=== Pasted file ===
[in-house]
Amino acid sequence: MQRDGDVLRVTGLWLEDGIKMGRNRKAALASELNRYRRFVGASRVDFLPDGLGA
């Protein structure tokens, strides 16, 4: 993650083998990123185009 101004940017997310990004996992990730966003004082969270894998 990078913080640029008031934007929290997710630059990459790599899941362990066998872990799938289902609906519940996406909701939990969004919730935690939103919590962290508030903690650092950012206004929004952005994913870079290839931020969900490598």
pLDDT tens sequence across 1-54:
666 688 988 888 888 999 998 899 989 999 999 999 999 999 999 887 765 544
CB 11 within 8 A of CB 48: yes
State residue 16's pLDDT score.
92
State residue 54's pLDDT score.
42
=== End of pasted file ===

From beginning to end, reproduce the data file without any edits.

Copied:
[in-house]
Amino acid sequence: MQRDGDVLRVTGLWLEDGIKMGRNRKAALASELNRYRRFVGASRVDFLPDGLGA
């Protein structure tokens, strides 16, 4: 993650083998990123185009 101004940017997310990004996992990730966003004082969270894998 990078913080640029008031934007929290997710630059990459790599899941362990066998872990799938289902609906519940996406909701939990969004919730935690939103919590962290508030903690650092950012206004929004952005994913870079290839931020969900490598």
pLDDT tens sequence across 1-54:
666 688 988 888 888 999 998 899 989 999 999 999 999 999 999 887 765 544
CB 11 within 8 A of CB 48: yes
State residue 16's pLDDT score.
92
State residue 54's pLDDT score.
42